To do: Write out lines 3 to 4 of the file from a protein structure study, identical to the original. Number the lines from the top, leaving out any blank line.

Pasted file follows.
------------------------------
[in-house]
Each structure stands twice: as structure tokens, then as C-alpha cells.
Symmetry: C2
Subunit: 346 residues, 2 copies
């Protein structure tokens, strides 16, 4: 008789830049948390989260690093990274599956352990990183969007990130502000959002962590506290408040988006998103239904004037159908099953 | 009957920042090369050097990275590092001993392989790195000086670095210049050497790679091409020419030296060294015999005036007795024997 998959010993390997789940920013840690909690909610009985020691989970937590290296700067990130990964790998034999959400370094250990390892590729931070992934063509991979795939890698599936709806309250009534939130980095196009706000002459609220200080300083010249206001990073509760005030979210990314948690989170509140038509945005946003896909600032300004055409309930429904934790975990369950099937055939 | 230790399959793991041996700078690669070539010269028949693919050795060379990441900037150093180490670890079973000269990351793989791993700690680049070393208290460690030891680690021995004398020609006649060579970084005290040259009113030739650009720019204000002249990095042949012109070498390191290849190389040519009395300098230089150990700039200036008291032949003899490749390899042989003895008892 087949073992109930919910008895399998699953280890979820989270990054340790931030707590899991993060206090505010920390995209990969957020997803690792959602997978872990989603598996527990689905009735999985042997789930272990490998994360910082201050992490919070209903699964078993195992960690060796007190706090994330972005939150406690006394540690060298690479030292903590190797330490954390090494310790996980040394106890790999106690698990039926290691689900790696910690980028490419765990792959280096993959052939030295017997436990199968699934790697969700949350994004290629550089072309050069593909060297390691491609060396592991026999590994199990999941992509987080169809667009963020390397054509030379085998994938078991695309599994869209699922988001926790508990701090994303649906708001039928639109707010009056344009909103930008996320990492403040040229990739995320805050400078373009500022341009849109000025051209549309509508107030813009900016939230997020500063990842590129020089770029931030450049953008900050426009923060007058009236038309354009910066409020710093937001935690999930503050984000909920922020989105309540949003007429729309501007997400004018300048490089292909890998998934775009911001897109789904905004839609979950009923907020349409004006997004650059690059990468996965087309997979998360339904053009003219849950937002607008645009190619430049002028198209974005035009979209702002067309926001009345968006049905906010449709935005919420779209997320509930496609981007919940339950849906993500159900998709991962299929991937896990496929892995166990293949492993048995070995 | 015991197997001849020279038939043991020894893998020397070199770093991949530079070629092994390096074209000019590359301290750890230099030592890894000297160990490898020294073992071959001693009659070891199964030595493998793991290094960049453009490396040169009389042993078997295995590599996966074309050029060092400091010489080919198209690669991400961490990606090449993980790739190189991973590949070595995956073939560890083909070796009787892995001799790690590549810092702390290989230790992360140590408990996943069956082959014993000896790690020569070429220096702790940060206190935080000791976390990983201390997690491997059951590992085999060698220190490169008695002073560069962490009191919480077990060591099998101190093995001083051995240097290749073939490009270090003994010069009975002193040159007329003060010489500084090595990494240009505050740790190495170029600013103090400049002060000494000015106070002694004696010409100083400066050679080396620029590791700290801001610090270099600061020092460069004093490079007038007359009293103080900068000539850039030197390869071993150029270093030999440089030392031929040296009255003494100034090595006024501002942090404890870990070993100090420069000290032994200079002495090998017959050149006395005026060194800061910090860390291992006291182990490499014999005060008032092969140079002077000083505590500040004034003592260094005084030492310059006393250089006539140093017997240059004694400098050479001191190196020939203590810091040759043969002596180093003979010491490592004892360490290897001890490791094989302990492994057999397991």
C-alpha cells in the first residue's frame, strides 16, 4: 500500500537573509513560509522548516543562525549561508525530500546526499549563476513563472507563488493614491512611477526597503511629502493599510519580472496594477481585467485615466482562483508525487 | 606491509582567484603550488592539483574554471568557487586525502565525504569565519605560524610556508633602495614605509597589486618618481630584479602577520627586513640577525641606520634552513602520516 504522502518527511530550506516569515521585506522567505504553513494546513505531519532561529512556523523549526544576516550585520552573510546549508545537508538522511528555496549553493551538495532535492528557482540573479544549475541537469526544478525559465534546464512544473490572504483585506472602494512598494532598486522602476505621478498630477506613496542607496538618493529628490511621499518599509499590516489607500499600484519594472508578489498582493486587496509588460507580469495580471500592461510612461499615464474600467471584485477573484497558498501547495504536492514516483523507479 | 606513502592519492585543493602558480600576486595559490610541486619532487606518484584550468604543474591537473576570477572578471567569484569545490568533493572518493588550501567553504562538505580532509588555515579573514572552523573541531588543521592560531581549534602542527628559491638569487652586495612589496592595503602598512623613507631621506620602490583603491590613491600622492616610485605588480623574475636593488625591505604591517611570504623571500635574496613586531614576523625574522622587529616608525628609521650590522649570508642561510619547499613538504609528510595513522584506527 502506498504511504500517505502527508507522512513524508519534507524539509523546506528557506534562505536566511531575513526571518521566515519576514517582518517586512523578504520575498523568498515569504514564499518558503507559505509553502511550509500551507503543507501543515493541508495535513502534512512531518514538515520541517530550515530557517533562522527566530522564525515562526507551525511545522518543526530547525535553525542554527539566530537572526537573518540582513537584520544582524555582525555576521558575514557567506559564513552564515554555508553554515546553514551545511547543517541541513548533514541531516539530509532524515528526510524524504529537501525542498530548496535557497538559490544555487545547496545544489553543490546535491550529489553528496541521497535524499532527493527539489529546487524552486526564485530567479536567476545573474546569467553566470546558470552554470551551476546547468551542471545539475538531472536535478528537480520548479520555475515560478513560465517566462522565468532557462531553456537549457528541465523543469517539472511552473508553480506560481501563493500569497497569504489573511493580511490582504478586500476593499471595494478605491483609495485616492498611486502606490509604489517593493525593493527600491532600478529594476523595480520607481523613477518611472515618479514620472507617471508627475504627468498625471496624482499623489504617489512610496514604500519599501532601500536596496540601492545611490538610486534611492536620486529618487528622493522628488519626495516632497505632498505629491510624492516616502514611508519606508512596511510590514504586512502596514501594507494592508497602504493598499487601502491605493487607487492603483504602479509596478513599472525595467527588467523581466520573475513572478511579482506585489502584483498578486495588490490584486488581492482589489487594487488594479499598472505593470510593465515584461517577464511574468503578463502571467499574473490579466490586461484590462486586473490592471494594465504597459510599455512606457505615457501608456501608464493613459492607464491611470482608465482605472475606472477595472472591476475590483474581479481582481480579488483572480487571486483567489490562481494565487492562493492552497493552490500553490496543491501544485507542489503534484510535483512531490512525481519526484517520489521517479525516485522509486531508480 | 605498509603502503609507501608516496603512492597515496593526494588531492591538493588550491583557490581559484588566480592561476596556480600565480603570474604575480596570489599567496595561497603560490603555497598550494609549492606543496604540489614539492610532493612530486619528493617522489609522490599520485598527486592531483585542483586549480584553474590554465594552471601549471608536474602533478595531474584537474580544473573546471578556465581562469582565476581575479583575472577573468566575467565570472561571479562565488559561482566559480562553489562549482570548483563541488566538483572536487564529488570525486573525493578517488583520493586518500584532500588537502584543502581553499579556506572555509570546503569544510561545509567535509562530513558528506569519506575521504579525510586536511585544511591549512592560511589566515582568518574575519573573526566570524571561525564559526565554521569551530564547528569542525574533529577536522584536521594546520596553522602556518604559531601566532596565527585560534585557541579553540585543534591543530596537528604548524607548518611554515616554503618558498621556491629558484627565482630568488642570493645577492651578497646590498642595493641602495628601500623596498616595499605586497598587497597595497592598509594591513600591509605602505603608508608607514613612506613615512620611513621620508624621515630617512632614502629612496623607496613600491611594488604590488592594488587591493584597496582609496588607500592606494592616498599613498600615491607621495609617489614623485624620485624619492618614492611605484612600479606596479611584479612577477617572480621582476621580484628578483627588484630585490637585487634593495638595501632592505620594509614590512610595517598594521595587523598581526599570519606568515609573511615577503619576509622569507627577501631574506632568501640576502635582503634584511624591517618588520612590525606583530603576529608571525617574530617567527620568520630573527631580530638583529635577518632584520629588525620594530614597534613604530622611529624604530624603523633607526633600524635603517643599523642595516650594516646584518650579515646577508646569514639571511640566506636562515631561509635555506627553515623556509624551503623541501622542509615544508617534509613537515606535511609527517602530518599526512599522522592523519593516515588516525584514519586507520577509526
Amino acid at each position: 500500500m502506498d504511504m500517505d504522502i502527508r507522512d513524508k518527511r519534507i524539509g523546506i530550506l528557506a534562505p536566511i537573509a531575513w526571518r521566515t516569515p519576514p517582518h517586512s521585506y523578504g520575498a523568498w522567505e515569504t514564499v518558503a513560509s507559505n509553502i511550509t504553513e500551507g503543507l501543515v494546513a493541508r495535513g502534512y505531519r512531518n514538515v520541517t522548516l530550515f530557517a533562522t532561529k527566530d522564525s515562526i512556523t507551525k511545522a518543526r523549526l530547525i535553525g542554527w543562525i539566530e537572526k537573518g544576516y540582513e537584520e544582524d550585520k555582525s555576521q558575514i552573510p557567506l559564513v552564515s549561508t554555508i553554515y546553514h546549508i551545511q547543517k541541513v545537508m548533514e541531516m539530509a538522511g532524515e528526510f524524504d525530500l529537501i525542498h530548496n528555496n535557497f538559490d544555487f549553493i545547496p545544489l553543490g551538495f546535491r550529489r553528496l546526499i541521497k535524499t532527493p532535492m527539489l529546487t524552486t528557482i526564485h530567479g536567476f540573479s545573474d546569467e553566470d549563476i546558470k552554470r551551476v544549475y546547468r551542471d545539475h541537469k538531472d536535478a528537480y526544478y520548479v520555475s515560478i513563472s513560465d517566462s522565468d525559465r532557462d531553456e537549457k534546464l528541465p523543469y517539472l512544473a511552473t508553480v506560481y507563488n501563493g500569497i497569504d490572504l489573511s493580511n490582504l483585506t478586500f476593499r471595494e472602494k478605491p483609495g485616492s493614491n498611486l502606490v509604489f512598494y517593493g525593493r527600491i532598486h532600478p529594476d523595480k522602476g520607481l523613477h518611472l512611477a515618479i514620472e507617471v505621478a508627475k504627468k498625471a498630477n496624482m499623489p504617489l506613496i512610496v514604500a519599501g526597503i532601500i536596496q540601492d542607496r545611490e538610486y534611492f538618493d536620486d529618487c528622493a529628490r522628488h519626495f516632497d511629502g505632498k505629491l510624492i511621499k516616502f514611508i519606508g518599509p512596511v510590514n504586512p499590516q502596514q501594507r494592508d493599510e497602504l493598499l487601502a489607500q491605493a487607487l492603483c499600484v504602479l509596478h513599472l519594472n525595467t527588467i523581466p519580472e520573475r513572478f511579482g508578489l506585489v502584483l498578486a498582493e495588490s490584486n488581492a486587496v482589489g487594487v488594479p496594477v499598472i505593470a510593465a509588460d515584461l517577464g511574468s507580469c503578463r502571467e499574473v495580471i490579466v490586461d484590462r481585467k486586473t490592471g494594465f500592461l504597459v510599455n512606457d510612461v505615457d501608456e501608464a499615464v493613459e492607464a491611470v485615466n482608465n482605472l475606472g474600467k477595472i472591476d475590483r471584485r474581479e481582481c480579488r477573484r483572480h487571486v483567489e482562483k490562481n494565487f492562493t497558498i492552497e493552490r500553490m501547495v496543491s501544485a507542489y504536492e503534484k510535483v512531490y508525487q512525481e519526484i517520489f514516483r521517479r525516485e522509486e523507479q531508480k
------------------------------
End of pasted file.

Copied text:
Symmetry: C2
Subunit: 346 residues, 2 copies